By Jeremy M. Evans
My sisters have beautiful stories to tell. Growing up with five older sisters, three older brothers, and two wonderful parents, mom and dad, who just celebrated 50 years of marriage, was, to say the least, an amazing experience. My mother, jokingly, often told me growing up that had I been the first, I would have been the last! Learning from these experiences was one of the better lessons learned in life.
Appreciating and celebrating women has always been rather easy since my experiences growing up were guided by a majority of women in the household—and of course, they are all terrific examples to follow. My sisters have shown and provided kindness, respect, appreciation, a listening ear, and a discerning voice, all the while showering the family with their love. My sisters and brothers have gone on to welcome 35 children into the world (45 total with children by marriage and great-grandkids) while being outstanding mothers, wives, contributing members of their communities, and general givers of grace and love to all. It is easy to be in awe of their grace, humility, and strength.
Similarly, my grandmothers and grandfathers were terrific teachers and “ambassadors of quan,” as Rod Tidwell, played by Cuba Gooding Jr. in the Oscar-winning film “Jerry Maguire” would say.
This is all not to mention the amazing in-laws, cousins, aunts, and uncles in the family. Our communities have such a deep impact on our growth as professionals and attorneys. Our families are essential to our growth. The beauty of life is being able to navigate the challenges and learn from the experiences with the help of our families and communities.
In the legal community, one of my first mentors was a woman. A litigation partner at a major law firm who welcomed me into my first legal industry role prior to attending law school. Some of the brightest moments in my life and career have been because of the help, guidance, and appreciation of women.
It is also true that many of the life and legal experiences through time are best when we welcome people as people. When we treat people with kindness regardless of our differences. Growing up with eight older brothers and sisters definitely taught me valuable lessons.
Some of these lessons include the ability to listen. The ability to care. The ability to fight for what is right and needed. The ability to see the forest and the trees. The ability to love and to have hope. In many ways, I was lucky because I had so many examples to follow and learn from.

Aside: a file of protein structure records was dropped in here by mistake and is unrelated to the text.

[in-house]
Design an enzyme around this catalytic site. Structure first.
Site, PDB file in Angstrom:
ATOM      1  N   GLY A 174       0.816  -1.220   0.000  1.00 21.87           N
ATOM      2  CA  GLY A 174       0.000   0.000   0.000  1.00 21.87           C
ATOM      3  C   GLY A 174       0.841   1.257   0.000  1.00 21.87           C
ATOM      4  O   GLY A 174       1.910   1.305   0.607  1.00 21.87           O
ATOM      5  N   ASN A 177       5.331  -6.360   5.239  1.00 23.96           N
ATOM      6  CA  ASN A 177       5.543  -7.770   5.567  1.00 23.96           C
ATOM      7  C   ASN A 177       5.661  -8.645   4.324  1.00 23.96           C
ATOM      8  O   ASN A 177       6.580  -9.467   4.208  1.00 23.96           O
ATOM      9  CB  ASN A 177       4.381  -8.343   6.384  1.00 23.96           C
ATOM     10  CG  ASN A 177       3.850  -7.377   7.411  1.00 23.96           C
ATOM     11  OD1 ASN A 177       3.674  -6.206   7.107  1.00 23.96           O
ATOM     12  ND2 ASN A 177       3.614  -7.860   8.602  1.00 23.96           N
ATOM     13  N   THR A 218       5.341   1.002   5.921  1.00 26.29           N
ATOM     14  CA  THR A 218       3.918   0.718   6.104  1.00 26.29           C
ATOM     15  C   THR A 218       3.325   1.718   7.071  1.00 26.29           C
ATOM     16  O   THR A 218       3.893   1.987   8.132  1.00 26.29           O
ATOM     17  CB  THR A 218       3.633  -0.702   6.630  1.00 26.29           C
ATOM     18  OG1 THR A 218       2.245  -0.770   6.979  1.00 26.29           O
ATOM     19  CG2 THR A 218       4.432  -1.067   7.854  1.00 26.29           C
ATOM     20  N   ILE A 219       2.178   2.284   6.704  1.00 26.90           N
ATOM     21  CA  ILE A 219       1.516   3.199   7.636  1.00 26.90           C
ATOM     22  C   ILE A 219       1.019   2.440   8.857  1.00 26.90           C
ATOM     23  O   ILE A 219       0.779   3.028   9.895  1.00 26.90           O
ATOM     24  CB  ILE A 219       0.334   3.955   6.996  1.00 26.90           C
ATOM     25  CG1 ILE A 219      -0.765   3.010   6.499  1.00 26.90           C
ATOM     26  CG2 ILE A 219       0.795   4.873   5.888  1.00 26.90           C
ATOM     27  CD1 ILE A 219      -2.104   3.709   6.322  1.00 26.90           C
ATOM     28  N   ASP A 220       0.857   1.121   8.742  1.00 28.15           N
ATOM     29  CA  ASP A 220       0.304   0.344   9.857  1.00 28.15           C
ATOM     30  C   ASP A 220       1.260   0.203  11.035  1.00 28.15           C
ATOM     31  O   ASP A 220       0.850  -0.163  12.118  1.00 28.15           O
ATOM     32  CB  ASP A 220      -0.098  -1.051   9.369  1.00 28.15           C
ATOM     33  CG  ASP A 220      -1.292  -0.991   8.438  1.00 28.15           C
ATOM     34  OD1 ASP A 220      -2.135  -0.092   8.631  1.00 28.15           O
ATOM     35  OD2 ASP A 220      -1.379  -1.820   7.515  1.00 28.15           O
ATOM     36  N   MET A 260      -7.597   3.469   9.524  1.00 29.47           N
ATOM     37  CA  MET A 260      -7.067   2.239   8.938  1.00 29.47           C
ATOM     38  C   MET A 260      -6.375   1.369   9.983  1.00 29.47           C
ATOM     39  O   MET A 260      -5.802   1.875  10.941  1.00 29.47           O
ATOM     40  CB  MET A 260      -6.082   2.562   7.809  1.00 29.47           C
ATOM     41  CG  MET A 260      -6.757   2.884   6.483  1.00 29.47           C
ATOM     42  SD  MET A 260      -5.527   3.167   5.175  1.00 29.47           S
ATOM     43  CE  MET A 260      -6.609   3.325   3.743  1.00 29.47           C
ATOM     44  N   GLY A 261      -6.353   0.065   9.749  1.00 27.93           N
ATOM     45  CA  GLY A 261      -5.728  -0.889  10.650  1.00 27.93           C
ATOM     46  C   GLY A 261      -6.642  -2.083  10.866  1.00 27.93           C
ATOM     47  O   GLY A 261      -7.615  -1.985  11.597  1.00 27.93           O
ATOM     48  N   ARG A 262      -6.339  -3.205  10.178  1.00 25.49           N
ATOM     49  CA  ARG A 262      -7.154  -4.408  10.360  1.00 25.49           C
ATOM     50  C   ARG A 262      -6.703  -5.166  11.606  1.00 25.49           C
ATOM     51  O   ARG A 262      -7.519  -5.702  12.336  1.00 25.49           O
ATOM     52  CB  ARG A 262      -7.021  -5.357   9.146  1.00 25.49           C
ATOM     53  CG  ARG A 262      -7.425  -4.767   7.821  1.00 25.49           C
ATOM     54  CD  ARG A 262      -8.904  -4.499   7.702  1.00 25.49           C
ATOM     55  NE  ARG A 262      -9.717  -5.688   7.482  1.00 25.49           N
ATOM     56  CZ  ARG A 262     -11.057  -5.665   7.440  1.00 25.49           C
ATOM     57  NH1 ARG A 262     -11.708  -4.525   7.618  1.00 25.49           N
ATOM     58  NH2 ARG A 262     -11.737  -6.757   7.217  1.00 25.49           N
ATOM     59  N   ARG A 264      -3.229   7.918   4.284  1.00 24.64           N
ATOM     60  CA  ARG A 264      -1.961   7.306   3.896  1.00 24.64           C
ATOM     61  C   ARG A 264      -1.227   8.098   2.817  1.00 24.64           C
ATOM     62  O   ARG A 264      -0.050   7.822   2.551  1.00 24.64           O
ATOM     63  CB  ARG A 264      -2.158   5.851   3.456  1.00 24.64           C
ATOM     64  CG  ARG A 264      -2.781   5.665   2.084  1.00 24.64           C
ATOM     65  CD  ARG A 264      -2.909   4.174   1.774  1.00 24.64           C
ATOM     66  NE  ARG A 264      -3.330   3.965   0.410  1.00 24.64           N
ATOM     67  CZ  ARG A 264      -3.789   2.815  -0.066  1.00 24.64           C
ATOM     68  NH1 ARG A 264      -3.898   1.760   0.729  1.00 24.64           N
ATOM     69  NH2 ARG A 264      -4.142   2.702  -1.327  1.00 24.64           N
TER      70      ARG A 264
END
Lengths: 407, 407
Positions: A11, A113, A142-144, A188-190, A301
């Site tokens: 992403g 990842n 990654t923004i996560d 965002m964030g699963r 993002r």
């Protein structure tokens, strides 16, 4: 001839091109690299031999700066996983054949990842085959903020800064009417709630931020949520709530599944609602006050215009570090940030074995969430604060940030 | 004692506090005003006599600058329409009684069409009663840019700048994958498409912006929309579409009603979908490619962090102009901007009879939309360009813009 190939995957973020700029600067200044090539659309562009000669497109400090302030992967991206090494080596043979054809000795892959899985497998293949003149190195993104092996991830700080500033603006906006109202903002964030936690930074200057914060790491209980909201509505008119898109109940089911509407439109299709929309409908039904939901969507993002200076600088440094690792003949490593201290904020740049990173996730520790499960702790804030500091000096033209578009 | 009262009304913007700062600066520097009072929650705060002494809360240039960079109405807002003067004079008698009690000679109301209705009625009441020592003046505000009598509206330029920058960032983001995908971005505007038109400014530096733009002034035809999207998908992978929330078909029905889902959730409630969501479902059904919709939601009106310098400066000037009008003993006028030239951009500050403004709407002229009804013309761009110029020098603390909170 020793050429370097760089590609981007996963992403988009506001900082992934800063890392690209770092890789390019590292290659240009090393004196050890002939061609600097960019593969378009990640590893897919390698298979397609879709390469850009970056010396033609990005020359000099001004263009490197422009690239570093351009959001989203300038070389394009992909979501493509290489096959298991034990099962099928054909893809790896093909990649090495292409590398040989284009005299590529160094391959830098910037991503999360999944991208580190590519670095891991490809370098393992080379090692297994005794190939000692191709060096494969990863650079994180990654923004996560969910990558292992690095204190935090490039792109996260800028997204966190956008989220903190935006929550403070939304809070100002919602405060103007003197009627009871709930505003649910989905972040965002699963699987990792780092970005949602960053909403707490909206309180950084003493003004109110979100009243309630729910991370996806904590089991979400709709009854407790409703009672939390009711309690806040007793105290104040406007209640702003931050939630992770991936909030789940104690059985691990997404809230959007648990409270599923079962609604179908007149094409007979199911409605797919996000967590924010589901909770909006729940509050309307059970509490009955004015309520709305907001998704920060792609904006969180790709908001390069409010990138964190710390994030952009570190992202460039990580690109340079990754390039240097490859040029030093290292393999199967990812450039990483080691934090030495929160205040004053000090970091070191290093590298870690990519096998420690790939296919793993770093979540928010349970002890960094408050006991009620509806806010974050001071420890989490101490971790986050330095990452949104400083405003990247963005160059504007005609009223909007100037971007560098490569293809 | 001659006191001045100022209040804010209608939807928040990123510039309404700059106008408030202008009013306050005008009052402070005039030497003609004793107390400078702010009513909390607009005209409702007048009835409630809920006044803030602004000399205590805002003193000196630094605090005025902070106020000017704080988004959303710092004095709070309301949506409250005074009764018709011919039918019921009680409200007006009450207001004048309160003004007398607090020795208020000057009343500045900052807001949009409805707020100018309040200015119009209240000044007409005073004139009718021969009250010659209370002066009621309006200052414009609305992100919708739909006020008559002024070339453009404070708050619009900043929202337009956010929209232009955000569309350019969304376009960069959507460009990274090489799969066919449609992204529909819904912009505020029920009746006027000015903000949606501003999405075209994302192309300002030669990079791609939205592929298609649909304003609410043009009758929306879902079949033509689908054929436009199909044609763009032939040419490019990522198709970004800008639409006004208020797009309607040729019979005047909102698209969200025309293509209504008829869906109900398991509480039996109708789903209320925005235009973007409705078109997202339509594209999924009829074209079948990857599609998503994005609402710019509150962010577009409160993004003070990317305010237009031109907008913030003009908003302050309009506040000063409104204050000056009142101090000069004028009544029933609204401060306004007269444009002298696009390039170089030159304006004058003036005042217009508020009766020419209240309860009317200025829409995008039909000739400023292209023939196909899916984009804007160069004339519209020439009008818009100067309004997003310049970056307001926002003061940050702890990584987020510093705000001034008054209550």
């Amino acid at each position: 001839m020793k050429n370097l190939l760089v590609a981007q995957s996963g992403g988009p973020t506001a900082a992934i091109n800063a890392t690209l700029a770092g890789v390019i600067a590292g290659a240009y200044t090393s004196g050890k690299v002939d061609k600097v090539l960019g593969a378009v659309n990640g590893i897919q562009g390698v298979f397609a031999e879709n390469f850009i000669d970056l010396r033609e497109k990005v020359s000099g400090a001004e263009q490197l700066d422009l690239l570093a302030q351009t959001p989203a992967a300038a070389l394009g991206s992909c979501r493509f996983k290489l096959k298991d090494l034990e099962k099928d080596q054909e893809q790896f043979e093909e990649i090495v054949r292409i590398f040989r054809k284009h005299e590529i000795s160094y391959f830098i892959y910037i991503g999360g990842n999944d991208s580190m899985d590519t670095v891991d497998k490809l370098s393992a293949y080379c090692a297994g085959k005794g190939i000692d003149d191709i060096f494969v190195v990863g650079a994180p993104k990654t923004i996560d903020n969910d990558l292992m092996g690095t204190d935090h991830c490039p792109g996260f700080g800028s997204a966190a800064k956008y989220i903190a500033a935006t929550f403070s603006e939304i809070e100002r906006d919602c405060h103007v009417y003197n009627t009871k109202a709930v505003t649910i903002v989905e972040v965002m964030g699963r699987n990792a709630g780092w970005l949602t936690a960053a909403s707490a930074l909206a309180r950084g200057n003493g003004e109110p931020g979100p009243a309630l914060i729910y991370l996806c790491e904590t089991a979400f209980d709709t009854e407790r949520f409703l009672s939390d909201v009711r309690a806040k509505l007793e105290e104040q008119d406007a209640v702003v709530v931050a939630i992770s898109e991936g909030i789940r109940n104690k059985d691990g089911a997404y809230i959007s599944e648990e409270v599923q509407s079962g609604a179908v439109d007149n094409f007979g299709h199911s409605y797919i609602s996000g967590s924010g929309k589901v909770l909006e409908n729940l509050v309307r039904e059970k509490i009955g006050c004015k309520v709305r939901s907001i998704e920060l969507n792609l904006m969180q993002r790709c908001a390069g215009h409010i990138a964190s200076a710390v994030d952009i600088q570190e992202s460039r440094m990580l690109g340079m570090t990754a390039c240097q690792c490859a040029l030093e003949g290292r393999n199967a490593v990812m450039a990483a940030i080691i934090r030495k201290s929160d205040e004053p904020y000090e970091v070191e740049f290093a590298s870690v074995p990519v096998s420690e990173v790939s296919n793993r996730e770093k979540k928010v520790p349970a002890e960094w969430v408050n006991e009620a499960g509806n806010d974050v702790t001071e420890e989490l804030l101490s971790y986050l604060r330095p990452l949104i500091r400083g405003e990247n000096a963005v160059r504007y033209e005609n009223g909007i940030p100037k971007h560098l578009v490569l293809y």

The lessons we learn at home are just as important and applicable in the courtroom, boardroom, and classroom. We, as attorneys, must sometimes reflect on the lessons learned as children. As a child and teenager, a beautiful poem by Robert Fulghum sat on my nightstand. In the digital age, it is now entrusted in my mind.
The poem, “All I Really Need To Know I Learned In Kindergarten,” reads as follows:
Most of what I really need
To know about how to live
And what to do and how to be
I learned in kindergarten.
Wisdom was not at the top
Of the graduate school mountain,
But there in the sandpile at Sunday school.
These are the things I learned:
Don’t hit people.
Put things back where you found them.
Clean up your own mess.
Don’t take things that aren’t yours.
Say you’re sorry when you hurt somebody.
Wash your hands before you eat.
Warm cookies and cold milk are good for you.
Live a balanced life –
Learn some and think some
And draw and paint and sing and dance
And play and work everyday some.
Take a nap every afternoon.
When you go out into the world,
Watch out for traffic,
Hold hands and stick together.
Be aware of wonder.
Maybe, just maybe, we can find a way to appreciate those around us a little bit more. Welcome them and be thankful for the blessings. Act civilly and consider health and wellness, always. And maybe, the above poem might just become the rallying call for the California Lawyers Association, our outstanding members, the legal community, and beyond. After all, as attorneys, we must be leaders. We have sacrificed and been blessed with too much that we must lead by example.
Wishing You All the Best,
Jeremy M. Evans
President, California Lawyers Association